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The Jam - Setting Sons - Smithers-Jones

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Published on Oct 1, 2012

Setting Sons is the fourth studio album by British band The Jam. The group's critical and commercial favour, begun with their third album, All Mod Cons, continued through this album. "The Eton Rifles" became the group's first top 10 UK hit, peaking at #3.
In contrast to its pop-oriented predecessor, this album features a much harder, tougher production, albeit with the overarching melodicism common throughout The Jam's discography. Arguably, this is the Jam's most thematically ambitious LP. Singer, guitarist, and songwriter Paul Weller originally conceived Setting Sons as a concept album about three boyhood friends who later reunite as adults after an unspecified war only to discover they have grown up and apart. The concept was never fully developed, and it remains unclear which tracks were originally intended as part of the story, though it is commonly agreed that "Thick As Thieves", "Little Boy Soldiers", "Wasteland", and "Burning Sky" are likely constituents; extant Jam bootlegs feature a version of "Little Boy Soldiers" split into three separate recordings, possible evidence that the song was intended to serve as a recurring motif, with separate sections appearing between other songs on the album.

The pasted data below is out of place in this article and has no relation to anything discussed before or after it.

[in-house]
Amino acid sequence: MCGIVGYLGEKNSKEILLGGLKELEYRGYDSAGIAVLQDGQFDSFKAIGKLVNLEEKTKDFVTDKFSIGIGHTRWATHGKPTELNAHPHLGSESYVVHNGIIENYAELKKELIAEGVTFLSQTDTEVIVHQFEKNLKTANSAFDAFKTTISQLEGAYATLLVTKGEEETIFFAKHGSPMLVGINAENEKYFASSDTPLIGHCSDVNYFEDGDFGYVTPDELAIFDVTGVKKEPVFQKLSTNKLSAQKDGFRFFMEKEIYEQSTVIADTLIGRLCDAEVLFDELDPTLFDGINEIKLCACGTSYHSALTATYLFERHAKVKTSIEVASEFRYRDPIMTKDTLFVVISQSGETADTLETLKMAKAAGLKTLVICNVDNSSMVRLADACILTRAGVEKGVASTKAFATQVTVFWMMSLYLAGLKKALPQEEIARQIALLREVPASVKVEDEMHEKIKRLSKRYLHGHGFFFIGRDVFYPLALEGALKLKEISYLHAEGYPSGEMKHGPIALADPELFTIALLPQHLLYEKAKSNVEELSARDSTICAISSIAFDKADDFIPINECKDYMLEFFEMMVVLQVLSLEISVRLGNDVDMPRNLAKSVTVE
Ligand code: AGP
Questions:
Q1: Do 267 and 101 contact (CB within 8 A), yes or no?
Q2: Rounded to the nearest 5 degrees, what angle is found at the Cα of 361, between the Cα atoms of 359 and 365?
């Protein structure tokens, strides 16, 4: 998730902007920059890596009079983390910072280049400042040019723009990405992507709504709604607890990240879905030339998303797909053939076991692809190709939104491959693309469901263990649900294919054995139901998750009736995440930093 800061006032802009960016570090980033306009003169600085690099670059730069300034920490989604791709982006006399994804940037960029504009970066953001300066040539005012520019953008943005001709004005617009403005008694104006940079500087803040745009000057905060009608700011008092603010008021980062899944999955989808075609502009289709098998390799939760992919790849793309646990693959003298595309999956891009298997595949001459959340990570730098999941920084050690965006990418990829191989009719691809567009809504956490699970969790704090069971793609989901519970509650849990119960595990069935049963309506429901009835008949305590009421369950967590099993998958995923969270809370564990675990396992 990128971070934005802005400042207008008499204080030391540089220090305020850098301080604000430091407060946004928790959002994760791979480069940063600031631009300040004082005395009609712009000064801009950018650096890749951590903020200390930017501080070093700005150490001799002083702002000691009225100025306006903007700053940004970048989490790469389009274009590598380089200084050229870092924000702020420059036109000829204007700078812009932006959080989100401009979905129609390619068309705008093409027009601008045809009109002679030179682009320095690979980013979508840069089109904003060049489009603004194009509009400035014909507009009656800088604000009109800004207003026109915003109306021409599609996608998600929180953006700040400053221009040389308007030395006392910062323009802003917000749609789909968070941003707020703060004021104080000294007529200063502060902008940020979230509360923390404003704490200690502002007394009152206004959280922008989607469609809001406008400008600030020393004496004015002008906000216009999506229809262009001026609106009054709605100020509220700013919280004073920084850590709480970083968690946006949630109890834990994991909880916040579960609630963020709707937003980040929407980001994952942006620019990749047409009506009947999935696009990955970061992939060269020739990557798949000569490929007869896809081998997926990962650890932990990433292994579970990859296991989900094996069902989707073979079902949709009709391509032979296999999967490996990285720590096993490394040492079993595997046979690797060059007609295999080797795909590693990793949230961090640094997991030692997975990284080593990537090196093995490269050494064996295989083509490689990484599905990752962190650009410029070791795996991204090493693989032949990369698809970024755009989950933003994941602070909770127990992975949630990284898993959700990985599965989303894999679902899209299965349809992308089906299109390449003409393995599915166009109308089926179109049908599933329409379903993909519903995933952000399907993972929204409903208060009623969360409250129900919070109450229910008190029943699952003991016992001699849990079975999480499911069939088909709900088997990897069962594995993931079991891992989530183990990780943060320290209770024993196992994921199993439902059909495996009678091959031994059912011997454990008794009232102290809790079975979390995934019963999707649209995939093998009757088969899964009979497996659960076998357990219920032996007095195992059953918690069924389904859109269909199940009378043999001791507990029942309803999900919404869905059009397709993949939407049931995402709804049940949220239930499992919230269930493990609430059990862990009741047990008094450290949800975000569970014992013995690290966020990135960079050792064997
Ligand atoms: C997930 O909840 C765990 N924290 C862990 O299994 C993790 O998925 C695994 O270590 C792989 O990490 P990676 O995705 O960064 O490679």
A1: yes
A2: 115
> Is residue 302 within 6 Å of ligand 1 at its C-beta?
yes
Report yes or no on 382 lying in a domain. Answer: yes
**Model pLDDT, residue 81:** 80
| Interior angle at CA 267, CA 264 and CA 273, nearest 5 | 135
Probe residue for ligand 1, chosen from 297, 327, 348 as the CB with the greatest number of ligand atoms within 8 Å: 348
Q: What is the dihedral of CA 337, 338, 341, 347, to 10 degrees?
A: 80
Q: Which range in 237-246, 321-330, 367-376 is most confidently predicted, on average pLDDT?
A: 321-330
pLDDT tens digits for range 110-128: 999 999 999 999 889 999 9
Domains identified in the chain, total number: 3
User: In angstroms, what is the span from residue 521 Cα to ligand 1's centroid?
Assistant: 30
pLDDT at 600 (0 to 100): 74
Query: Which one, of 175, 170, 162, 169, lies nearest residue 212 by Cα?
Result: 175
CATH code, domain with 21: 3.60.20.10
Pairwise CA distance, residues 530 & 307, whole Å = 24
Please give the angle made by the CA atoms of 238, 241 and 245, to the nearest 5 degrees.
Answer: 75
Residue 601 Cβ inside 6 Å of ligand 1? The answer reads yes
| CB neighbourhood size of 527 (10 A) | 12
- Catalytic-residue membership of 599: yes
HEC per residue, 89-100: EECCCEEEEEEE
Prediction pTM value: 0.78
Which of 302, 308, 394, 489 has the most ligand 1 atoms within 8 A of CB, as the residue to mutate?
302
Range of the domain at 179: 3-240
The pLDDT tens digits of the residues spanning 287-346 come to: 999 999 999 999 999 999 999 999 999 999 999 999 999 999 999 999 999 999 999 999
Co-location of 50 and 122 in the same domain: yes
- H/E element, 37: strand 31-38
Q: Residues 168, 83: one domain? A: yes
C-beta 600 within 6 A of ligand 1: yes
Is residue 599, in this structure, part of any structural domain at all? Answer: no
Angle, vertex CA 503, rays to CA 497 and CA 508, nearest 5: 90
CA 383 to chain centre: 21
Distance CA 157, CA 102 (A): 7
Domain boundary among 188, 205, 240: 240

The album was musically ambitious as well. "Little Boy Soldiers" consists of several movements, reminiscent of compositions by The Kinks. "Wasteland" features the unconventional instrument of the recorder. Even more striking is Bruce Foxton's "Smithers-Jones". Widely considered the bassist's finest three minutes of songwriting, the song was originally released as the B-side to the non-LP single "When You're Young" months before the album's release, and is here redone in an all-strings arrangement, save a bit of electric guitar in the coda. According to the liner notes of the Direction Reaction Creation box set, the revamping of "Smithers-Jones" was suggested by drummer Rick Buckler.
The liner notes also imply that the album was a somewhat rushed effort, which may explain why the original underlying concept was not fully developed, as well as the inclusion of cover songs and prior releases: "Smithers-Jones" had already been released; "Heat Wave" is a cover of the Martha and the Vandellas' Motown hit. Since "The Eton Rifles" was released in advance of the LP for promotional purposes, this leaves only seven entirely new original songs on the album.
Nonetheless, the album remains one of The Jam's most critically favoured works alongside All Mod Cons and Sound Affects. The only song particularly singled out for negative criticism is the cover of "Heat Wave", which clearly owes more to The Who's arrangement than the original. As Allmusic put it, "Setting Sons often reaches brilliance and stands among The Jam's best albums, but the inclusion of a number of throwaways and knockoffs (especially the out-of-place cover of "Heat Wave" which closes the album) mars an otherwise perfect album."[3] (Nonetheless, Allmusic gave the album the full five stars.)

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